So Hand held twilight and anti motion blur are the same?

Started Aug 12, 2011 | Discussions thread
zackiedawg Forum Pro • Posts: 29,429
Re: So Hand held twilight and anti motion blur are the same?

With HHT (hand held twilight) mode, the basic idea is to use 6 frames to stack together at high ISO, allowing the shutter speed to be stepped up to within reasonable handheld speeds, while keeping typical high ISO noise down and maintaining detail usually lost to noise reduction. HHT mode will first open the aperture as needed, then will try to maintain a shutter speed around 1/30 or so - raising the ISO as needed to maintain that shutter speed range.

The AMB (Anti Motion Blur) mode basically does the same thing as HHT (Hand held twilight)...except that it defaults to a faster shutter speed, which often means it STARTS at max ISO, and only lowers it if it has headroom to do so. Rather than starting at low ISOs, then raising them only enough to keep the shutter handheld, the AMB mode cranks the ISO up, tries for a shutter speed of at least 1/100 - 1/250, then IF it can lower the ISO, it will. Also, AMB isolates a moving subject within the frame from the stacking - it will only stack and merge those parts of the image that did not move or alter between the 6 frames. Any part of the frame that it detects had moved after the first frame, it leaves alone and avoids merging those areas of the stacked frames.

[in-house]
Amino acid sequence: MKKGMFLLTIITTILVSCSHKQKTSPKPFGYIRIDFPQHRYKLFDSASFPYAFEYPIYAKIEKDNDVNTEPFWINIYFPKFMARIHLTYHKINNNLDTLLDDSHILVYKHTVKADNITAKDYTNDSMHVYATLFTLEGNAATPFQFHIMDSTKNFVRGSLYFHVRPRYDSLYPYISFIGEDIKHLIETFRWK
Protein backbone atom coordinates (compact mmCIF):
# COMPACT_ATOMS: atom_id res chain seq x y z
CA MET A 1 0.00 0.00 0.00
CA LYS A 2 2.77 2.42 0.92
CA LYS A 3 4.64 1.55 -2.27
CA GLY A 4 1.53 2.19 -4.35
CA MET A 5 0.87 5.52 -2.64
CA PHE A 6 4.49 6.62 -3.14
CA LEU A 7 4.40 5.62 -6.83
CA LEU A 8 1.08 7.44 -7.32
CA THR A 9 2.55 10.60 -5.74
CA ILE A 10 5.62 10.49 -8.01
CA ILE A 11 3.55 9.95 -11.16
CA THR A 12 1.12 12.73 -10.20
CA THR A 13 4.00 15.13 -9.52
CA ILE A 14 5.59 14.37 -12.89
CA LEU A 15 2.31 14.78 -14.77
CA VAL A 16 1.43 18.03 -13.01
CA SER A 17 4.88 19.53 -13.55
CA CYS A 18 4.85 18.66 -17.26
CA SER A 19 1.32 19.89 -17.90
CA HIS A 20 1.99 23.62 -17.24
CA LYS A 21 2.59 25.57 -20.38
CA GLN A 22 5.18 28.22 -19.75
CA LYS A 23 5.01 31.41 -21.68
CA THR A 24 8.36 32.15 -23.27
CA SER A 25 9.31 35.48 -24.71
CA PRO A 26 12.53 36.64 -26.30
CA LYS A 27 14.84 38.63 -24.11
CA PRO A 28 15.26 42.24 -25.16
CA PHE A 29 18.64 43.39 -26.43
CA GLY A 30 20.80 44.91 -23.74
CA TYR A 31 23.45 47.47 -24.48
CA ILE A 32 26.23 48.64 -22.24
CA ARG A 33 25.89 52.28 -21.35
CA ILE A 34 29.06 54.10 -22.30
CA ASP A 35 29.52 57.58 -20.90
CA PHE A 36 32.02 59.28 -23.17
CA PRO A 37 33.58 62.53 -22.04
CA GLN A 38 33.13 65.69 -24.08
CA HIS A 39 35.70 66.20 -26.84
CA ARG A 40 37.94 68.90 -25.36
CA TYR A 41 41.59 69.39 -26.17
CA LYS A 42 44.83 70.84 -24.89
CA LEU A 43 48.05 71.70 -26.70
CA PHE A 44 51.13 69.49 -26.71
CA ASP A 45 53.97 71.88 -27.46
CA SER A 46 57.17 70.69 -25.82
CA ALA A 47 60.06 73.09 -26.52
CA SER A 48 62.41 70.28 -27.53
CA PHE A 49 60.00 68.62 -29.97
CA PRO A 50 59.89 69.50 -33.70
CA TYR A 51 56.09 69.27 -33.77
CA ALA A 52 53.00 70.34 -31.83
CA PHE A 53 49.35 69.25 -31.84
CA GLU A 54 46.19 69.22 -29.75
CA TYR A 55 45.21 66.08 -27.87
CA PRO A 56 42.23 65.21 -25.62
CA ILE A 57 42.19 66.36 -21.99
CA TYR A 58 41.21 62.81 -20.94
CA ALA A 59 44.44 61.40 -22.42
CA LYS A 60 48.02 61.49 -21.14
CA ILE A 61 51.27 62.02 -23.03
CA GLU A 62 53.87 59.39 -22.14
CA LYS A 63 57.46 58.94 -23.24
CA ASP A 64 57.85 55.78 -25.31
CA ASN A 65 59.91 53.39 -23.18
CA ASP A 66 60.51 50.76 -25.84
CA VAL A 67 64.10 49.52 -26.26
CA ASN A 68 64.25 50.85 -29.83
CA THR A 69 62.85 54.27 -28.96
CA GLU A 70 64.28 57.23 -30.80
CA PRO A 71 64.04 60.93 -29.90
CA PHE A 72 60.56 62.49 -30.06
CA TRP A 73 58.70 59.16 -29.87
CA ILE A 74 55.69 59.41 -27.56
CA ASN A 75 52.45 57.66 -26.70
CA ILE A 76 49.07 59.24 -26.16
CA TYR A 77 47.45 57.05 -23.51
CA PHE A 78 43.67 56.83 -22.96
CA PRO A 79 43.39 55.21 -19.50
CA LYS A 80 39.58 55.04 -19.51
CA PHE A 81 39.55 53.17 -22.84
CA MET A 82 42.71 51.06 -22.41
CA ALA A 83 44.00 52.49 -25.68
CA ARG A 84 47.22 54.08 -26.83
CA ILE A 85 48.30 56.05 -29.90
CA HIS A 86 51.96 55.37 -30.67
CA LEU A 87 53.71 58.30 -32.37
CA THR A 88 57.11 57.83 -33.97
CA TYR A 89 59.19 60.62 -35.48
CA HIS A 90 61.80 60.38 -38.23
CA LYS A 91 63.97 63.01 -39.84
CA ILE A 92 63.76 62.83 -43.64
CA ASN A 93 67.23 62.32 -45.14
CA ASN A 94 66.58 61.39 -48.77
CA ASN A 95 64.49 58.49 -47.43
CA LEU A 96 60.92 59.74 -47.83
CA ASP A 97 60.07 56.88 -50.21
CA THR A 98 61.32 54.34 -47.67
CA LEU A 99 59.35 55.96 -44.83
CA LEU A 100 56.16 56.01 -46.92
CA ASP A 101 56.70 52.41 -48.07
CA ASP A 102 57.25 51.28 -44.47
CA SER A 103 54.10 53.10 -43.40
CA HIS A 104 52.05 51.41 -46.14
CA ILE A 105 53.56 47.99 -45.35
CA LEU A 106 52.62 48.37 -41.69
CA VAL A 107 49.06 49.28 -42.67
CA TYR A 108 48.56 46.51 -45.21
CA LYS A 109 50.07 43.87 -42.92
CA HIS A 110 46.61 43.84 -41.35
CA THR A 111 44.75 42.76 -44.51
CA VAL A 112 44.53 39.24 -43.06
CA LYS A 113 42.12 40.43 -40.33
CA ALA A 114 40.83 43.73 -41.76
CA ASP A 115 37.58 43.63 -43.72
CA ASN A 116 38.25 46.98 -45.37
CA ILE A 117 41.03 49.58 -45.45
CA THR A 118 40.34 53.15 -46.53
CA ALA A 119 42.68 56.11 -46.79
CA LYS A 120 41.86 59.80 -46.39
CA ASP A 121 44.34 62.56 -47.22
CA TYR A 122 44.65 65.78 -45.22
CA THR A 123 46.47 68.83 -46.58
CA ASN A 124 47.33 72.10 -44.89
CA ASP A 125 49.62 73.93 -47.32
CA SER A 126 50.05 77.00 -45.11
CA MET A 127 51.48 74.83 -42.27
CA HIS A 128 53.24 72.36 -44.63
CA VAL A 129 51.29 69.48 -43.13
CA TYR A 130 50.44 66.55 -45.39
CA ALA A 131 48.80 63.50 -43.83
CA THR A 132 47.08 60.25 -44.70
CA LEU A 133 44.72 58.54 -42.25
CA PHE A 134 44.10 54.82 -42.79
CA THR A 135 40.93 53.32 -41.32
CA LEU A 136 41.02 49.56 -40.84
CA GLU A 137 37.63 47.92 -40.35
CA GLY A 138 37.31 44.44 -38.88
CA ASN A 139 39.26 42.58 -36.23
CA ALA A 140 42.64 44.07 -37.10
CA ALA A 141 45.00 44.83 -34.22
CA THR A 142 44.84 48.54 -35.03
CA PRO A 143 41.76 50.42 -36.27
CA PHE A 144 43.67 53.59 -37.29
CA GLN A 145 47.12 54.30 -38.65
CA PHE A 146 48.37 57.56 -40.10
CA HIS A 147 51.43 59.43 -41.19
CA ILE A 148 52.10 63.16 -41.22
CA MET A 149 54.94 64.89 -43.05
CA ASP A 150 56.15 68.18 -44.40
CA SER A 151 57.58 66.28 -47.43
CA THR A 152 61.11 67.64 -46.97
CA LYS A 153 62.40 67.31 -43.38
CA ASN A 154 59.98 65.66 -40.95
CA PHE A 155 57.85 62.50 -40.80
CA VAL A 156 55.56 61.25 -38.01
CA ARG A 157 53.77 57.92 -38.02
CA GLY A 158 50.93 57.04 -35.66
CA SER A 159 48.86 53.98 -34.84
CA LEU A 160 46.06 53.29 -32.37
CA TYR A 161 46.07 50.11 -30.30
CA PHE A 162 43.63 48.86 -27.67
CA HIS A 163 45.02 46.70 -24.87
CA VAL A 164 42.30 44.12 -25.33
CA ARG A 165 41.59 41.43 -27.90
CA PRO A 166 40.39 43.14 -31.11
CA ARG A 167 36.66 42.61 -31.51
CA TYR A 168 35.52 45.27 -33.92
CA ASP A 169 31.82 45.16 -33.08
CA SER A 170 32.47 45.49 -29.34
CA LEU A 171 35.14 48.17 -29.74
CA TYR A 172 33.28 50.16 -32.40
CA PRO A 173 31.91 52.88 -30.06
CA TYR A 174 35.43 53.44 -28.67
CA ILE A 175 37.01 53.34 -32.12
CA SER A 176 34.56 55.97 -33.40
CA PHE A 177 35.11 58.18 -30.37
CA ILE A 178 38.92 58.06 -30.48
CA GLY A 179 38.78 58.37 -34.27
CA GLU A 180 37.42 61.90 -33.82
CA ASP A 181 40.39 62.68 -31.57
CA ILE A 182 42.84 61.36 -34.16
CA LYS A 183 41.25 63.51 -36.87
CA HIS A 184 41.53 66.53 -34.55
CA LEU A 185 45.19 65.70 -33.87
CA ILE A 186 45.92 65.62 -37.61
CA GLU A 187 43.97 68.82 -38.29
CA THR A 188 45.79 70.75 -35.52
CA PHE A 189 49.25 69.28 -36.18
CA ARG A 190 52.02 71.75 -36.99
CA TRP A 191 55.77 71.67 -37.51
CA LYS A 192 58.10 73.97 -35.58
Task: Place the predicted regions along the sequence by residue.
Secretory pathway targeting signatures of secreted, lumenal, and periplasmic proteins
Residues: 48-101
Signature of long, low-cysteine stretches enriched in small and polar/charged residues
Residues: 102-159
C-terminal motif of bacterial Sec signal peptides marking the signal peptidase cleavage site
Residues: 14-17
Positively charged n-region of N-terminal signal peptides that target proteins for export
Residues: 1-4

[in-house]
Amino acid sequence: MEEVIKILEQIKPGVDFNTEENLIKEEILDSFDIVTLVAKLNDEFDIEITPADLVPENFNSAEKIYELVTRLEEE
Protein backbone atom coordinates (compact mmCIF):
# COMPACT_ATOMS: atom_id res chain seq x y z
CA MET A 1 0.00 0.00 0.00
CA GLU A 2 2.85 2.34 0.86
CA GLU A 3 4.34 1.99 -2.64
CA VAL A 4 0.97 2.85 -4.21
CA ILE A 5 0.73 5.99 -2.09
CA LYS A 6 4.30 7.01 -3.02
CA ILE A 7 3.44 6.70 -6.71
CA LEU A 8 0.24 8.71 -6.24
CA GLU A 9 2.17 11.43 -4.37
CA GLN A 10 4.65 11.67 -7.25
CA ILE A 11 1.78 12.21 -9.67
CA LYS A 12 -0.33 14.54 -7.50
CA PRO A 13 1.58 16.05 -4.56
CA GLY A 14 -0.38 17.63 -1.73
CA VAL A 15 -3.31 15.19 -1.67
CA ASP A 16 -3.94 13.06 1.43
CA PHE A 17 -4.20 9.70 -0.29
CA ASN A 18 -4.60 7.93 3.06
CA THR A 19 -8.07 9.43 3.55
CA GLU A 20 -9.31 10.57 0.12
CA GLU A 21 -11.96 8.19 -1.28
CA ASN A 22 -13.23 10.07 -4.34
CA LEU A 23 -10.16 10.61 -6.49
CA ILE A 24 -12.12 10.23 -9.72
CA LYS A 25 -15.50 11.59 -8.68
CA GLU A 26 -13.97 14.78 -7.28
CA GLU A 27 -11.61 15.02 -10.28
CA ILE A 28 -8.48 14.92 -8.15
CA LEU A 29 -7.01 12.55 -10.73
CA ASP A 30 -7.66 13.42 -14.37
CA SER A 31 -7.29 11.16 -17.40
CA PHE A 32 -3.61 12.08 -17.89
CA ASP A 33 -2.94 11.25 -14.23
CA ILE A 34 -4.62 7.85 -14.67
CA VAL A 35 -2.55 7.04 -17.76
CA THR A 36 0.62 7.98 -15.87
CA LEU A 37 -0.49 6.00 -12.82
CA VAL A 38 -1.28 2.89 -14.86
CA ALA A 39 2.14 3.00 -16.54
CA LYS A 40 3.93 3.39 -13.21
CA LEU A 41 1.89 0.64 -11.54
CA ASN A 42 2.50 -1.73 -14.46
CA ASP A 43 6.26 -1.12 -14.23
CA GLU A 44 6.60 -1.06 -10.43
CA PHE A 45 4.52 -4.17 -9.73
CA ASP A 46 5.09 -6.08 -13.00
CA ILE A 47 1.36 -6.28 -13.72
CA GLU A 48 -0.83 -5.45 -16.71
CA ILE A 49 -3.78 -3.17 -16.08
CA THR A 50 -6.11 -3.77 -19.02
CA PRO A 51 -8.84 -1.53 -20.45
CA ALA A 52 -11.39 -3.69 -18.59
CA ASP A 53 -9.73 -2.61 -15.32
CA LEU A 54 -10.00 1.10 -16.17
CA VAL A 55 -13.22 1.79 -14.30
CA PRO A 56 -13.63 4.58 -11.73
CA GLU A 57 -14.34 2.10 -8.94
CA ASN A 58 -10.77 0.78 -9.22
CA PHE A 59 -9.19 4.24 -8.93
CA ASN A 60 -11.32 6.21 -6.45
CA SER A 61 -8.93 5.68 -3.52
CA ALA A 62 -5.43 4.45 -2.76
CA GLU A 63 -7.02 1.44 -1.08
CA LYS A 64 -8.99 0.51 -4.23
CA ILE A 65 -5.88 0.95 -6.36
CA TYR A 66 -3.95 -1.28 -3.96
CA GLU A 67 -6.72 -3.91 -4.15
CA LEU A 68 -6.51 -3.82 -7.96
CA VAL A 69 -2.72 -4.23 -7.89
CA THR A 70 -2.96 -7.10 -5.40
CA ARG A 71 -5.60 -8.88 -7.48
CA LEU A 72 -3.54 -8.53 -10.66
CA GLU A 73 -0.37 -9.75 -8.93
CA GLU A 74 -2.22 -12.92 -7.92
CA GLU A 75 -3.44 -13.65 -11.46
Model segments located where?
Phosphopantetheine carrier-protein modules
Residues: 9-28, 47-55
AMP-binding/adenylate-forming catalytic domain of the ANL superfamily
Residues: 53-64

The great thing about the stacking of 6 frames is that it does not only reduce noise, but reduces chroma, and moreover rebuilds both detail and color - since it can compare the color results and the detail results from each of the 6 frames, the noise and the color blotching and banding being random.

Generally HHT will yield the better results, but when a subject is moving through the frame, HHT doesn't do as efficient a job of avoiding the ghosting effect when the subject moved between frames - which means often you'll get a bit of a halo or ghost effect around moving parts of the frame. AMB will avoid this issue, but the result being parts of your shot are essentially unstacked - you might have a perfectly clean image with nice sharp detail, except the person who was movign through the frame, who may be much noisier and off in color a bit as they will be a straight single ISO6400 frame.

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